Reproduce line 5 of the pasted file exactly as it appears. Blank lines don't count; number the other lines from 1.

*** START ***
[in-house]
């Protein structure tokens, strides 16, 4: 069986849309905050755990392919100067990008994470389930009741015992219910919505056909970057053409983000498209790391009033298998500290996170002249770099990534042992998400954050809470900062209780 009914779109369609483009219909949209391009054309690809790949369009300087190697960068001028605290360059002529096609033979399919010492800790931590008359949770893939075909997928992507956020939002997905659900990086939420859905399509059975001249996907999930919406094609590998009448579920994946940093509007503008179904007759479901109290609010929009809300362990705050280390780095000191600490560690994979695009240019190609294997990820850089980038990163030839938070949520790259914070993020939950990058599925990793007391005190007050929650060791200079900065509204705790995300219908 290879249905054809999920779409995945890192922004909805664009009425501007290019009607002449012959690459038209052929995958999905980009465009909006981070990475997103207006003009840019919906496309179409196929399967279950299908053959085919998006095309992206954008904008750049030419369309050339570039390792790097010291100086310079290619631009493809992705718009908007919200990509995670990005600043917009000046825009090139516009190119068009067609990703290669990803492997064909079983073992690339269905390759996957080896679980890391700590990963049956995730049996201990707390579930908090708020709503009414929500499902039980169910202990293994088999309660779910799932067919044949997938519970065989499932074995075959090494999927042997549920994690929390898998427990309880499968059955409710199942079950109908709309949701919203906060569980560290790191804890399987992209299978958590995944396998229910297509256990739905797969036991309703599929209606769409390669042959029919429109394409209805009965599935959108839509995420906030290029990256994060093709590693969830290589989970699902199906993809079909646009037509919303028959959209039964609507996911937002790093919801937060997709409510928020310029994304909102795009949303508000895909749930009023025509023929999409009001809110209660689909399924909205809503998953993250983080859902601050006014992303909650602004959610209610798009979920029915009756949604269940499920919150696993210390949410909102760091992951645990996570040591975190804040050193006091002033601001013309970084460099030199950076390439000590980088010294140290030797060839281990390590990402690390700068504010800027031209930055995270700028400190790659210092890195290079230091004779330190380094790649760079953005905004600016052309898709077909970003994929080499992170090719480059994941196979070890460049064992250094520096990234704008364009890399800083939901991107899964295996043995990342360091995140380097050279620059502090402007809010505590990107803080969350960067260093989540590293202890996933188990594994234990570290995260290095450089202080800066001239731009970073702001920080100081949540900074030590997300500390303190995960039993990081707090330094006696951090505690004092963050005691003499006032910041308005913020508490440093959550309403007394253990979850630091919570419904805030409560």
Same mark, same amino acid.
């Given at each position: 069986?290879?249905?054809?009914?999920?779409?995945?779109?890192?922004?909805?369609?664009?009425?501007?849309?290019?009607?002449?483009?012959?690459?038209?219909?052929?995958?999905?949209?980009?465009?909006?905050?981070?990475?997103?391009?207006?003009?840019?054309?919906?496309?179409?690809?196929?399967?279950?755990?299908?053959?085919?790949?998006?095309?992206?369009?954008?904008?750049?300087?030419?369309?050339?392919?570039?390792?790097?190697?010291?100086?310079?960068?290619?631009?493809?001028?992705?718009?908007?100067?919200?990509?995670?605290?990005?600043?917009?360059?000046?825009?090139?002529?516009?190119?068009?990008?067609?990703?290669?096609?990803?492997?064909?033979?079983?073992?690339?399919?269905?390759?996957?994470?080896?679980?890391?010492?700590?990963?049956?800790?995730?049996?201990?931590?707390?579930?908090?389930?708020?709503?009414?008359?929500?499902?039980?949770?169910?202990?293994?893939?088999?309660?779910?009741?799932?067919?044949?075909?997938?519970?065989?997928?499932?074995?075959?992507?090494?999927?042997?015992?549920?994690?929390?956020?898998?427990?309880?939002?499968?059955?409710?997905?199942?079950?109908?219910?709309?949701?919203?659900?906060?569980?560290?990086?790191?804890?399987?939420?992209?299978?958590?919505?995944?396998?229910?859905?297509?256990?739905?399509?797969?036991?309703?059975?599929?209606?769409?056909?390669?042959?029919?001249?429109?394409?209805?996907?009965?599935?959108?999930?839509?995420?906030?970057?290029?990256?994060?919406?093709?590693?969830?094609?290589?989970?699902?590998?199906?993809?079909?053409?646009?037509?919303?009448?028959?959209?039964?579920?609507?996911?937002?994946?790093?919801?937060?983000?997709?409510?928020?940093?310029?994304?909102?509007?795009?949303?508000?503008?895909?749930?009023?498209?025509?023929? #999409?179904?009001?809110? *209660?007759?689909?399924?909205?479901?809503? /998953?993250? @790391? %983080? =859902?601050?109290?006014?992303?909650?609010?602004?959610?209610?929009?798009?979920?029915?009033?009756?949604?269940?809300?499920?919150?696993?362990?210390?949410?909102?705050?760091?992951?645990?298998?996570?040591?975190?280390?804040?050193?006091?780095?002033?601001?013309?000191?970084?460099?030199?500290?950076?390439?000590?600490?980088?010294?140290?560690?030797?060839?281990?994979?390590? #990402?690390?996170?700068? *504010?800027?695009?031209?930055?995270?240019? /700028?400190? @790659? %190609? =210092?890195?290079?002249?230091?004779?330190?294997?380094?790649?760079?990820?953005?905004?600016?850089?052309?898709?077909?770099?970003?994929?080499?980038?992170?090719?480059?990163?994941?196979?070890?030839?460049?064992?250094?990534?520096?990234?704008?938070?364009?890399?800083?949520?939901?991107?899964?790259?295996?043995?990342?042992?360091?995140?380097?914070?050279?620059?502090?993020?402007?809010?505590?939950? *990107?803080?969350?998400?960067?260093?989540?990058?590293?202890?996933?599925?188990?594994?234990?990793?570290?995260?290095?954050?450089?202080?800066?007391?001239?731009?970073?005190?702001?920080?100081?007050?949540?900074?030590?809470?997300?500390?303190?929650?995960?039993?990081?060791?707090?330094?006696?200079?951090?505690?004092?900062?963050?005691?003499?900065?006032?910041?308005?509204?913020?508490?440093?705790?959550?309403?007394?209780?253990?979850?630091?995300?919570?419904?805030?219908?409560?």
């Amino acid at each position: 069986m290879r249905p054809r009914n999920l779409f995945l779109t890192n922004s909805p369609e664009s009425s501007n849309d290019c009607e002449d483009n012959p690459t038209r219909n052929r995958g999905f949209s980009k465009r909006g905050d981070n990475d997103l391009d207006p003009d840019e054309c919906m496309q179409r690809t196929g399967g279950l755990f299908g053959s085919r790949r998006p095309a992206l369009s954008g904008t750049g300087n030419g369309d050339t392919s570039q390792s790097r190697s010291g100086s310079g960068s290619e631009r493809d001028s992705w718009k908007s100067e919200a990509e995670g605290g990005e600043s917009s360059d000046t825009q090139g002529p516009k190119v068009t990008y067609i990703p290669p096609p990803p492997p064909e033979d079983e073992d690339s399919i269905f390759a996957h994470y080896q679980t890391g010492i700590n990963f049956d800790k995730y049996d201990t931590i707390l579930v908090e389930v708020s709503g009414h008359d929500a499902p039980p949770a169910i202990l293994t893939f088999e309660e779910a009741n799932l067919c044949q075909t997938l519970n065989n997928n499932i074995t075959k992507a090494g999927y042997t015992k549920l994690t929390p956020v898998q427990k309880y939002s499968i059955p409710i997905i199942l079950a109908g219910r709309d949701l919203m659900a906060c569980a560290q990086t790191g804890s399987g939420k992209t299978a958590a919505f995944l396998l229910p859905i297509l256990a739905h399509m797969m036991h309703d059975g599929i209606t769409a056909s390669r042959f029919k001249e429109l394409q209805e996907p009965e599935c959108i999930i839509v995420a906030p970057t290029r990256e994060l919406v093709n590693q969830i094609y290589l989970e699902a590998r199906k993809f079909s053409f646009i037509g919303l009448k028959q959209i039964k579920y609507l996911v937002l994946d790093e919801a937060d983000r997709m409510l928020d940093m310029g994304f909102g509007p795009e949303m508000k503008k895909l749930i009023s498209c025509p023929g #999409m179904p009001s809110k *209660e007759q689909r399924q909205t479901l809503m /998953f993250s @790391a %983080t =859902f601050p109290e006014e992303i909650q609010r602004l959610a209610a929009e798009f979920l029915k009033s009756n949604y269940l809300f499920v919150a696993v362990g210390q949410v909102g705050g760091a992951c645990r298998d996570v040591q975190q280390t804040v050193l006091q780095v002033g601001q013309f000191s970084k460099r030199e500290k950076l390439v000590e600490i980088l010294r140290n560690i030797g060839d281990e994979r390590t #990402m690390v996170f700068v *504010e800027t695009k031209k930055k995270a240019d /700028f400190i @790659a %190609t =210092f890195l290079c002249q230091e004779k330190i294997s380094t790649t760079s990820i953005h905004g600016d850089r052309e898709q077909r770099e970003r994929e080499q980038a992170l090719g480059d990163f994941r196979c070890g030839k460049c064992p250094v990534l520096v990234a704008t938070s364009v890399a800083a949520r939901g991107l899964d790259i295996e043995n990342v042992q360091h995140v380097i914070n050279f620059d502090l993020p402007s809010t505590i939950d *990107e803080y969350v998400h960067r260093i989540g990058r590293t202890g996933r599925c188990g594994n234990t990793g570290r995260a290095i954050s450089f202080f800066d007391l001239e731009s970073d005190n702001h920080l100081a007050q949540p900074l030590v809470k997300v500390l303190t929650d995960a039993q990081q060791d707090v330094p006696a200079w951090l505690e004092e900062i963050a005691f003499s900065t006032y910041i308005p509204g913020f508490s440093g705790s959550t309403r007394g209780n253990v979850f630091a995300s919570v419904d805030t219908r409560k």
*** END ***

């Amino acid at each position: 069986m290879r249905p054809r009914n999920l779409f995945l779109t890192n922004s909805p369609e664009s009425s501007n849309d290019c009607e002449d483009n012959p690459t038209r219909n052929r995958g999905f949209s980009k465009r909006g905050d981070n990475d997103l391009d207006p003009d840019e054309c919906m496309q179409r690809t196929g399967g279950l755990f299908g053959s085919r790949r998006p095309a992206l369009s954008g904008t750049g300087n030419g369309d050339t392919s570039q390792s790097r190697s010291g100086s310079g960068s290619e631009r493809d001028s992705w718009k908007s100067e919200a990509e995670g605290g990005e600043s917009s360059d000046t825009q090139g002529p516009k190119v068009t990008y067609i990703p290669p096609p990803p492997p064909e033979d079983e073992d690339s399919i269905f390759a996957h994470y080896q679980t890391g010492i700590n990963f049956d800790k995730y049996d201990t931590i707390l579930v908090e389930v708020s709503g009414h008359d929500a499902p039980p949770a169910i202990l293994t893939f088999e309660e779910a009741n799932l067919c044949q075909t997938l519970n065989n997928n499932i074995t075959k992507a090494g999927y042997t015992k549920l994690t929390p956020v898998q427990k309880y939002s499968i059955p409710i997905i199942l079950a109908g219910r709309d949701l919203m659900a906060c569980a560290q990086t790191g804890s399987g939420k992209t299978a958590a919505f995944l396998l229910p859905i297509l256990a739905h399509m797969m036991h309703d059975g599929i209606t769409a056909s390669r042959f029919k001249e429109l394409q209805e996907p009965e599935c959108i999930i839509v995420a906030p970057t290029r990256e994060l919406v093709n590693q969830i094609y290589l989970e699902a590998r199906k993809f079909s053409f646009i037509g919303l009448k028959q959209i039964k579920y609507l996911v937002l994946d790093e919801a937060d983000r997709m409510l928020d940093m310029g994304f909102g509007p795009e949303m508000k503008k895909l749930i009023s498209c025509p023929g #999409m179904p009001s809110k *209660e007759q689909r399924q909205t479901l809503m /998953f993250s @790391a %983080t =859902f601050p109290e006014e992303i909650q609010r602004l959610a209610a929009e798009f979920l029915k009033s009756n949604y269940l809300f499920v919150a696993v362990g210390q949410v909102g705050g760091a992951c645990r298998d996570v040591q975190q280390t804040v050193l006091q780095v002033g601001q013309f000191s970084k460099r030199e500290k950076l390439v000590e600490i980088l010294r140290n560690i030797g060839d281990e994979r390590t #990402m690390v996170f700068v *504010e800027t695009k031209k930055k995270a240019d /700028f400190i @790659a %190609t =210092f890195l290079c002249q230091e004779k330190i294997s380094t790649t760079s990820i953005h905004g600016d850089r052309e898709q077909r770099e970003r994929e080499q980038a992170l090719g480059d990163f994941r196979c070890g030839k460049c064992p250094v990534l520096v990234a704008t938070s364009v890399a800083a949520r939901g991107l899964d790259i295996e043995n990342v042992q360091h995140v380097i914070n050279f620059d502090l993020p402007s809010t505590i939950d *990107e803080y969350v998400h960067r260093i989540g990058r590293t202890g996933r599925c188990g594994n234990t990793g570290r995260a290095i954050s450089f202080f800066d007391l001239e731009s970073d005190n702001h920080l100081a007050q949540p900074l030590v809470k997300v500390l303190t929650d995960a039993q990081q060791d707090v330094p006696a200079w951090l505690e004092e900062i963050a005691f003499s900065t006032y910041i308005p509204g913020f508490s440093g705790s959550t309403r007394g209780n253990v979850f630091a995300s919570v419904d805030t219908r409560k």